I chopped the ribs into smaller bite-size bits and poured the jars of marinade over the lot. I rubbed in the marinade and thoroughly coated the meat. Then the ribs in the bowl were covered in cling film and left in the fridge to marinade for almost two days.

ribs before marinade
In cooking the smoky/spicy flavoured ribs I pre-heated my oven to gas mark six for ten minutes, transferred the ribs to a casserole dish and covered it in silver foil. They cooked at this heat for half an hour and then I turned the heat down to four. I left the ribs cooking on this relatively low heat for a further three hours, occasionally taking them out and turning their delicious porkiness over in the marinade. For the last half hour I added a few slabs of dark chocolate to the cooking pork for a hit of extra sweet flavour.

I could hardly wait to eat them when they finally came out of the oven and the marinade had thickened like a reduction. I kept it simple and ate them with some quickly prepared Uncle Ben's rice.

I realised that perhaps I had cooked a few too many ribs for one person and thought that maybe I could chew on the remaining amount cold the next day. I was wrong. They are much better eaten piping hot!

Sunday, 4 October 2015

Seeing fish in a different light.

Not only is it a joy for me to sell fish and meat from the Beeston Extra Tesco counter but some days ordinary things take on a different hue. Take the patterns on the fish for example; this morning as I cheerfully set the fish counter up - I started to be very aware of the beautiful patterns and shapes in some of the fresh whole fish and the fillets and cut items. The more I looked the more I saw. They bordered on the visually poetic. I took a few photos so that I could share my delights with you lovely readers.

Take these blushing little stiff fresh sardines all red cheeked as if from a bracing run/swim and glum faced as they consider the frying pan they may soon have temporary residence in.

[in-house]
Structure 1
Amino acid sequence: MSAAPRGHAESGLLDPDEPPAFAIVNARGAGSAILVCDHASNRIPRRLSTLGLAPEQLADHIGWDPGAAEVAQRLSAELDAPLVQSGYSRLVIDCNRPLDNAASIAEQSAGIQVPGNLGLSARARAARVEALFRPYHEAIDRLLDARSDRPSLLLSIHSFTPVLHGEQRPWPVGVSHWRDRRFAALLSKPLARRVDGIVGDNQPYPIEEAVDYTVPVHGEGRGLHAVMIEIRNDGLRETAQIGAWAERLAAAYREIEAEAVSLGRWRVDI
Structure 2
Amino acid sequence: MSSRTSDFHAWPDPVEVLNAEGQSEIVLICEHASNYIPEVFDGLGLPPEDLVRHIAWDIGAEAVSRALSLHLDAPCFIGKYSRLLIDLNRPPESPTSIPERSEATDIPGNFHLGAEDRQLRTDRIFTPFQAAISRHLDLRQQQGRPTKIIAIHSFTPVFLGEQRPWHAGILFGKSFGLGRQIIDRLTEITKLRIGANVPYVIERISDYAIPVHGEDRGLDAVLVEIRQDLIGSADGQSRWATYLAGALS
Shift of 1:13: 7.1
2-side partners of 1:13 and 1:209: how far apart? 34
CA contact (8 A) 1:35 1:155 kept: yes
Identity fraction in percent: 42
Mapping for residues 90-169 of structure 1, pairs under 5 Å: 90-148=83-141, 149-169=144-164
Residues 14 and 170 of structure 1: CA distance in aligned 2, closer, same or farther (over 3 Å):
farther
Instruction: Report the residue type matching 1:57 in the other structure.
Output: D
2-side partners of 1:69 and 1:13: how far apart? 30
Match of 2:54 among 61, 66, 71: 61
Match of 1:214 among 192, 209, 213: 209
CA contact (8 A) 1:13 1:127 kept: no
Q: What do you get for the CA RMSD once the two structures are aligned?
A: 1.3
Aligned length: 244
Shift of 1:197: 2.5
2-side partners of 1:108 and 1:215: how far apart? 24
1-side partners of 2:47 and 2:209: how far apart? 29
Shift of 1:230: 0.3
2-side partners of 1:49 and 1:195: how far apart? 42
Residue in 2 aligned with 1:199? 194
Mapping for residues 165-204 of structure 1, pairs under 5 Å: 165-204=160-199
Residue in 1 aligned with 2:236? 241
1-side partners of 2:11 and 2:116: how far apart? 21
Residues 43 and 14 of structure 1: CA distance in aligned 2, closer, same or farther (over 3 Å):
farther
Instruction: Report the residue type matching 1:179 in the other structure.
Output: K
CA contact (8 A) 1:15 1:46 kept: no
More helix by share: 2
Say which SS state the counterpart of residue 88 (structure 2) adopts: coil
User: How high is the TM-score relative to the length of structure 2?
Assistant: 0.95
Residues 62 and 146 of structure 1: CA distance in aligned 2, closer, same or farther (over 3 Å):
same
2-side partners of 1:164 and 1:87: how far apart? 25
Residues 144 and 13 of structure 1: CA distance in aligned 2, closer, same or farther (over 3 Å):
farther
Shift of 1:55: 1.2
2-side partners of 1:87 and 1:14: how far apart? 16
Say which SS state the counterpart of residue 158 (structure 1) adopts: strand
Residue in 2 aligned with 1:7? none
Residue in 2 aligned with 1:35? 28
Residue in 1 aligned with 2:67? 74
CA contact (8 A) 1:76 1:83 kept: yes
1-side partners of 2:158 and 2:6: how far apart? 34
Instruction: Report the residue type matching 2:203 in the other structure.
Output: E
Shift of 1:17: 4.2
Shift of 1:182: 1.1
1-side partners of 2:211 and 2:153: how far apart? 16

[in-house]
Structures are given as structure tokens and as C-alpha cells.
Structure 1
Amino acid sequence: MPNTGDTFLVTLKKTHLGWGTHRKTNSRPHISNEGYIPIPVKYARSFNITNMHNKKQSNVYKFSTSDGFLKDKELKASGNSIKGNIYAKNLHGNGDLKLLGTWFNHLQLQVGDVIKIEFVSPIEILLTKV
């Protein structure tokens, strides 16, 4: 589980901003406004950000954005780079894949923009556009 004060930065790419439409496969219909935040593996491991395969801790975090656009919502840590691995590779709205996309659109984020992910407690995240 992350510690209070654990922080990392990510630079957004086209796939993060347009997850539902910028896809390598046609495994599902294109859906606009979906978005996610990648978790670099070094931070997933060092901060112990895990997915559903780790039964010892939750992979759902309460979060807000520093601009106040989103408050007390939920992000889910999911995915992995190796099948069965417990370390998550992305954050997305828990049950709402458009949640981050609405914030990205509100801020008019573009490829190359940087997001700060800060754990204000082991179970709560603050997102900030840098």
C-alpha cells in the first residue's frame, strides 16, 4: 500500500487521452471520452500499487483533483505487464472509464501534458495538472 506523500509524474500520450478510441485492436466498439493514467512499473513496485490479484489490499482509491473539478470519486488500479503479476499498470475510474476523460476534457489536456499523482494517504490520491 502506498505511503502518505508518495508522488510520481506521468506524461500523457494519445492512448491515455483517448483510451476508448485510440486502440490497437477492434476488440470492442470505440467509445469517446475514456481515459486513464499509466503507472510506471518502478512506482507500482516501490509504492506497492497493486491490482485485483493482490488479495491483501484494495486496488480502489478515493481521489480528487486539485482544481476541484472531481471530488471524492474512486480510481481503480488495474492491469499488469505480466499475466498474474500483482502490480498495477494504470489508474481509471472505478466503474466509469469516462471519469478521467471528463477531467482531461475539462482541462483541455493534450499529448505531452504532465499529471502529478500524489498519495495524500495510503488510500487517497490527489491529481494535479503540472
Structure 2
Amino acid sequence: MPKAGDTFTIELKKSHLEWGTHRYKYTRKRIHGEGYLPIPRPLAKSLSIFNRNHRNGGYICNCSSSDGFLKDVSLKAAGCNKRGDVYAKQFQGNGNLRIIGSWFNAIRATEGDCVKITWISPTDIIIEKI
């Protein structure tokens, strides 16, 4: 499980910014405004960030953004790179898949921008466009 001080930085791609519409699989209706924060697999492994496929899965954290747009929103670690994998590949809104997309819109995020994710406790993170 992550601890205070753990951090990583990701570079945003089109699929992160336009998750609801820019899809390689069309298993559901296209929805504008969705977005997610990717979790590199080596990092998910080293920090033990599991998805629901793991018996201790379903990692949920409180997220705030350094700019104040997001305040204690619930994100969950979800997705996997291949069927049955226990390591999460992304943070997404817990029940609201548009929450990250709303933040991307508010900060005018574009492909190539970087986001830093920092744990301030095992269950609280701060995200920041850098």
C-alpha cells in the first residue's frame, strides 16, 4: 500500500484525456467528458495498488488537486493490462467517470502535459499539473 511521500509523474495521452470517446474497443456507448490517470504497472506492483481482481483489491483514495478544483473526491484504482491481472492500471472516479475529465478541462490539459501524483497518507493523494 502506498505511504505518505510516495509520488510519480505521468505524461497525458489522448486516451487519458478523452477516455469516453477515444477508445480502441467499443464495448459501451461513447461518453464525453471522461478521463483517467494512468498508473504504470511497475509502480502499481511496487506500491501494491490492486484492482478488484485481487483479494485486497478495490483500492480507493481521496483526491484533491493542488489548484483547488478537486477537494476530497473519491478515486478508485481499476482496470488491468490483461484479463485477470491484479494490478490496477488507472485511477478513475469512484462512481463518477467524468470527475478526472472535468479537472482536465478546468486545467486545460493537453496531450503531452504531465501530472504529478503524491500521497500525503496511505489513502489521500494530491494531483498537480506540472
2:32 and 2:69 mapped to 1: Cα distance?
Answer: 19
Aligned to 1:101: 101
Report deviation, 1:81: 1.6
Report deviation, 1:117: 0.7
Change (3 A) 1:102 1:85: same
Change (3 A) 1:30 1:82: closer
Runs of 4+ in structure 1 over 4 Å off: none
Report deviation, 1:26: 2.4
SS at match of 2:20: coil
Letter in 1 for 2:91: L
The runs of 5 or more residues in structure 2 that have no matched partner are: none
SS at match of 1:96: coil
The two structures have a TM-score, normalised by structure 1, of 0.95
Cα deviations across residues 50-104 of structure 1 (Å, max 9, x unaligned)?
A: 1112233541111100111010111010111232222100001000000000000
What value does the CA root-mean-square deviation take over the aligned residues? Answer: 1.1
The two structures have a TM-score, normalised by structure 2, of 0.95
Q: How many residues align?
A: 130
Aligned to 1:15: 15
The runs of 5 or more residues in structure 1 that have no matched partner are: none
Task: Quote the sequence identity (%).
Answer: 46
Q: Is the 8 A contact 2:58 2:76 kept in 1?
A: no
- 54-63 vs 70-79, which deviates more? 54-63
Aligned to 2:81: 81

Slightly blurry headless tiger prawns (£1 each and utterly divine). All the greens of the sea, glossy as a wet day in the wave slapping harbour and showing off their creamy white flesh at the ends.

Salmon fillets or filets (dependent on how posh or genuinely French you are). Skin on - don't ya just love that crispy feel when cooked - and boneless. It is interesting and gently amusing the amount of customers who like their fish boneless. If God had a day off being his universal holiness almighty then he would help a proportion of our supermarket customers by creating Pisces Floppidus - a real live fish totally without a skeleton. Pisces Floppidus would exist as just edible fish meat and be devoid of staring eyes and gaping guilt inducing mouth. In the meantime Findus do a selection of boil in the bag products.

Smoked mackerel fillets - boneless (hurrah!!!!!) flavoursome and delightfully colourful and patterned like a Māori on Gay Pride Day. The smoky smell of them is pretty awesome too.

Love the semi circular patterns in the cut swordfish steaks that remind me of astronomical maps. I am almost expecting to read the words 'outer nebular' amongst the rings of fishy flesh. The very strong dark edging flesh and skin adds to their defining form. Do try cooking swordfish steaks as they have a very succulent flavour almost (I say - almost) as good as fresh ruby red tuna steaks. Swordfish has a distinct masculinity about its look and flavour. Love it!

Haddock fillets are on offer as I type (half price) and our  customers cannot help themselves in realising the cheapness, to buy ever more and more. It will exist in the freezer up to three months we recommend. Haddock is also a huge favourite in fish and chip shops across the country and we even have a male customer who owns a Beeston fish and chip shop and his eyes widen bigger than the river Trent on flood alert when we have such sumptuous fish at such a crazy discount. The distinctive 'go faster stripe' along the back of the fillets is almost an open invitation to stock up and happily head towards the tills to purchase your haddock trophies.

Thursday, 1 October 2015

Spicy cannellini stew with St Agur cheese.

Sometimes you just want to come home from work and make something nice and easy and as the autumn leaves start to turn colour perhaps something a bit warm and spicy. Such was the case today.

Before I left home for work this morning I got a tray of beef Bolognese out of the freezer to defrost. The day passed by with an enjoyable day on the meat and fish counters at Tesco working alongside my colleague Alan. When I got home I added a tin of Tesco chopped tomatoes to the de-frosted Bolognese and then, instead of more meat, I opened a stray tin of pearly white Napolina cannellini beans (ready to use) and gave them a quick rinse under a cold water tap.

St Agur soft cheese.
Then I added the beans to the tomato and meat stew plus a teaspoon of Pimenton for a spicy Spanish flavour. I simply warmed this all through on the stove top and finished off the dish with a blob or two of left over blue St Agur cheese. No rice, no pasta - just the stew. Utterly delicious!

All the mushrooms and slices of sirloin beef were already in the Bolognese mixture that I put together way back in May 2015.